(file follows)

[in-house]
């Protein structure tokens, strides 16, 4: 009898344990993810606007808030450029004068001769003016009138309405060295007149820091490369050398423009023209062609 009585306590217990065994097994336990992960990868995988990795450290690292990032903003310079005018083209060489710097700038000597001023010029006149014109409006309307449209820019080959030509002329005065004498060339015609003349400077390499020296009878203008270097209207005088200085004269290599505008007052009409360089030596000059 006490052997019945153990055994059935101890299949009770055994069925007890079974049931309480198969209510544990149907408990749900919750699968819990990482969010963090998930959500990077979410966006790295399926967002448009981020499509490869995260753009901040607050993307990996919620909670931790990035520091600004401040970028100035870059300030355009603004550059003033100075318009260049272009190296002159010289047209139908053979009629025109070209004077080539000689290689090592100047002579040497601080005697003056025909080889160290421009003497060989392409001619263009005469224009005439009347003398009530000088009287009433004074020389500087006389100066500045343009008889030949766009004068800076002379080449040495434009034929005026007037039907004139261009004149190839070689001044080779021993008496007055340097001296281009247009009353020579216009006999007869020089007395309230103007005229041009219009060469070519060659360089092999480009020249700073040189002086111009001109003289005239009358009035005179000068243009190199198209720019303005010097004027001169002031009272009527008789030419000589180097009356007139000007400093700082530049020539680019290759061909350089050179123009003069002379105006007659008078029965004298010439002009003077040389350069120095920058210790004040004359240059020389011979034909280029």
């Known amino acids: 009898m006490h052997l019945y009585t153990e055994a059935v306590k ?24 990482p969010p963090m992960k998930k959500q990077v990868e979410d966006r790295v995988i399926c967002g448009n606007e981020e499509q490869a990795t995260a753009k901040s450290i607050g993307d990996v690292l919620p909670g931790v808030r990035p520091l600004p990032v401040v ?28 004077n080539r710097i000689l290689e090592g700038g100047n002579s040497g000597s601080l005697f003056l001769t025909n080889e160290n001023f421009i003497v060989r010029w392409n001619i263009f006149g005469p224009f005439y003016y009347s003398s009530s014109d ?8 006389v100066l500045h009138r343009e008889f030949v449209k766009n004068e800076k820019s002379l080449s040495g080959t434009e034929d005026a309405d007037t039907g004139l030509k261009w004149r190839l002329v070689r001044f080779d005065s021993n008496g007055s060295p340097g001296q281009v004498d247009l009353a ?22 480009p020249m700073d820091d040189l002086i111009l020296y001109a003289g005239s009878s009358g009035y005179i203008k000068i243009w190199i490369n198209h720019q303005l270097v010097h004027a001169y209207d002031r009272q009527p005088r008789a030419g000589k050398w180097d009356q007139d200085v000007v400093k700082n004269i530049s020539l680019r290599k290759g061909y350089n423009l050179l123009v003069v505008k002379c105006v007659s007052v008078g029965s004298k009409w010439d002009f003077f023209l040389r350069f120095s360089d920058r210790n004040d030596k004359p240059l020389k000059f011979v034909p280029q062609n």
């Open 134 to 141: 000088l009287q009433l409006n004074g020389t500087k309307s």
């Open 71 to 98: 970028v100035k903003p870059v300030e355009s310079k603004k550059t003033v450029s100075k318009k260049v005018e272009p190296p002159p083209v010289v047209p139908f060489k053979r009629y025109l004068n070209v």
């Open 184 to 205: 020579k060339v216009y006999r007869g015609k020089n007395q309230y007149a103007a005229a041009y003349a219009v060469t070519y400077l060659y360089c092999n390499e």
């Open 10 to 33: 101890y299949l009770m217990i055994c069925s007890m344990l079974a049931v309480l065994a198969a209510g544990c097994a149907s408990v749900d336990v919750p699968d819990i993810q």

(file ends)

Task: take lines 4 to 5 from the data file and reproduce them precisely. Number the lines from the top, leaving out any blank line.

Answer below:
């Open 134 to 141: 000088l009287q009433l409006n004074g020389t500087k309307s």
């Open 71 to 98: 970028v100035k903003p870059v300030e355009s310079k603004k550059t003033v450029s100075k318009k260049v005018e272009p190296p002159p083209v010289v047209p139908f060489k053979r009629y025109l004068n070209v």